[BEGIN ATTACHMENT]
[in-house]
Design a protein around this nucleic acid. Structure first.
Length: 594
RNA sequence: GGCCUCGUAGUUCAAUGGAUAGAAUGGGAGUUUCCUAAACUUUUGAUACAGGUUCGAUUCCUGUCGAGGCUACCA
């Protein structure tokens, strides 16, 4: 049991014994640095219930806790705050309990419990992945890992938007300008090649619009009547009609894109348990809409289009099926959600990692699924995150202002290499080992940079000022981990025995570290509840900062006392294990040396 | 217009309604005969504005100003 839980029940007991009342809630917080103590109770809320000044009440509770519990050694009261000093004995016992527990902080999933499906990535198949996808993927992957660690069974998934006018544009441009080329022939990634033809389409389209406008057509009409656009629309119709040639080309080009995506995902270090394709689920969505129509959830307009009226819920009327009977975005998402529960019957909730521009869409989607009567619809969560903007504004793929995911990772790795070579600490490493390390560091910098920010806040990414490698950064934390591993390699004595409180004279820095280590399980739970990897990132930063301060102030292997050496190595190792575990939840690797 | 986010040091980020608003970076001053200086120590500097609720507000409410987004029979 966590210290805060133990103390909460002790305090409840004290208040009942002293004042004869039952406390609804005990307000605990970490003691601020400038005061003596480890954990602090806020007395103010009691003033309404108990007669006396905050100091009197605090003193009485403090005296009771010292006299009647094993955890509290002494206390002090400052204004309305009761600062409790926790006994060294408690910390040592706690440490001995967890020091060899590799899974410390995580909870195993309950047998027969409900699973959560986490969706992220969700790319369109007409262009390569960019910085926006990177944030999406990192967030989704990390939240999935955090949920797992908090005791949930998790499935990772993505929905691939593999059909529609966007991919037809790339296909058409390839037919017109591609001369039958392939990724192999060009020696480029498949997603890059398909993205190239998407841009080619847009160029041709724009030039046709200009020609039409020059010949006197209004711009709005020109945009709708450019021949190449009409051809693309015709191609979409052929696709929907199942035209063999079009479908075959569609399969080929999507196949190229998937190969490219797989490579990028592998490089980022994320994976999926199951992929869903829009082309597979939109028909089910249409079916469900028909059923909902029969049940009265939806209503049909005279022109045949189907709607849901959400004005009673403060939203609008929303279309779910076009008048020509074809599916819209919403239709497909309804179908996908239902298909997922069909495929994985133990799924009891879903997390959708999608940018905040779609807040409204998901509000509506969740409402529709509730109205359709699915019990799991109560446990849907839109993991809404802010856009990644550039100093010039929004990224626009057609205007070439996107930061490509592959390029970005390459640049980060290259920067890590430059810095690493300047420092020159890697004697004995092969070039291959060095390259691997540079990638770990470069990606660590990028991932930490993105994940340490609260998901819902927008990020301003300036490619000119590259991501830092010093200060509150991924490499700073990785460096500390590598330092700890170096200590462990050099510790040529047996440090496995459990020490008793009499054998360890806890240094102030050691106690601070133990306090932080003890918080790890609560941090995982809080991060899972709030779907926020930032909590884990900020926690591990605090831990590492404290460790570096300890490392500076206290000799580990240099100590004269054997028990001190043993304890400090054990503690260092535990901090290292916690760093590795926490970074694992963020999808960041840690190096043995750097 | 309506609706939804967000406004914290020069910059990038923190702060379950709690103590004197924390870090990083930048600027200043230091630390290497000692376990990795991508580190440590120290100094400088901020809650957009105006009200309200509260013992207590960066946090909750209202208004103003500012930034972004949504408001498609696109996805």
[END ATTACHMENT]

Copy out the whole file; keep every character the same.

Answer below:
[in-house]
Design a protein around this nucleic acid. Structure first.
Length: 594
RNA sequence: GGCCUCGUAGUUCAAUGGAUAGAAUGGGAGUUUCCUAAACUUUUGAUACAGGUUCGAUUCCUGUCGAGGCUACCA
């Protein structure tokens, strides 16, 4: 049991014994640095219930806790705050309990419990992945890992938007300008090649619009009547009609894109348990809409289009099926959600990692699924995150202002290499080992940079000022981990025995570290509840900062006392294990040396 | 217009309604005969504005100003 839980029940007991009342809630917080103590109770809320000044009440509770519990050694009261000093004995016992527990902080999933499906990535198949996808993927992957660690069974998934006018544009441009080329022939990634033809389409389209406008057509009409656009629309119709040639080309080009995506995902270090394709689920969505129509959830307009009226819920009327009977975005998402529960019957909730521009869409989607009567619809969560903007504004793929995911990772790795070579600490490493390390560091910098920010806040990414490698950064934390591993390699004595409180004279820095280590399980739970990897990132930063301060102030292997050496190595190792575990939840690797 | 986010040091980020608003970076001053200086120590500097609720507000409410987004029979 966590210290805060133990103390909460002790305090409840004290208040009942002293004042004869039952406390609804005990307000605990970490003691601020400038005061003596480890954990602090806020007395103010009691003033309404108990007669006396905050100091009197605090003193009485403090005296009771010292006299009647094993955890509290002494206390002090400052204004309305009761600062409790926790006994060294408690910390040592706690440490001995967890020091060899590799899974410390995580909870195993309950047998027969409900699973959560986490969706992220969700790319369109007409262009390569960019910085926006990177944030999406990192967030989704990390939240999935955090949920797992908090005791949930998790499935990772993505929905691939593999059909529609966007991919037809790339296909058409390839037919017109591609001369039958392939990724192999060009020696480029498949997603890059398909993205190239998407841009080619847009160029041709724009030039046709200009020609039409020059010949006197209004711009709005020109945009709708450019021949190449009409051809693309015709191609979409052929696709929907199942035209063999079009479908075959569609399969080929999507196949190229998937190969490219797989490579990028592998490089980022994320994976999926199951992929869903829009082309597979939109028909089910249409079916469900028909059923909902029969049940009265939806209503049909005279022109045949189907709607849901959400004005009673403060939203609008929303279309779910076009008048020509074809599916819209919403239709497909309804179908996908239902298909997922069909495929994985133990799924009891879903997390959708999608940018905040779609807040409204998901509000509506969740409402529709509730109205359709699915019990799991109560446990849907839109993991809404802010856009990644550039100093010039929004990224626009057609205007070439996107930061490509592959390029970005390459640049980060290259920067890590430059810095690493300047420092020159890697004697004995092969070039291959060095390259691997540079990638770990470069990606660590990028991932930490993105994940340490609260998901819902927008990020301003300036490619000119590259991501830092010093200060509150991924490499700073990785460096500390590598330092700890170096200590462990050099510790040529047996440090496995459990020490008793009499054998360890806890240094102030050691106690601070133990306090932080003890918080790890609560941090995982809080991060899972709030779907926020930032909590884990900020926690591990605090831990590492404290460790570096300890490392500076206290000799580990240099100590004269054997028990001190043993304890400090054990503690260092535990901090290292916690760093590795926490970074694992963020999808960041840690190096043995750097 | 309506609706939804967000406004914290020069910059990038923190702060379950709690103590004197924390870090990083930048600027200043230091630390290497000692376990990795991508580190440590120290100094400088901020809650957009105006009200309200509260013992207590960066946090909750209202208004103003500012930034972004949504408001498609696109996805």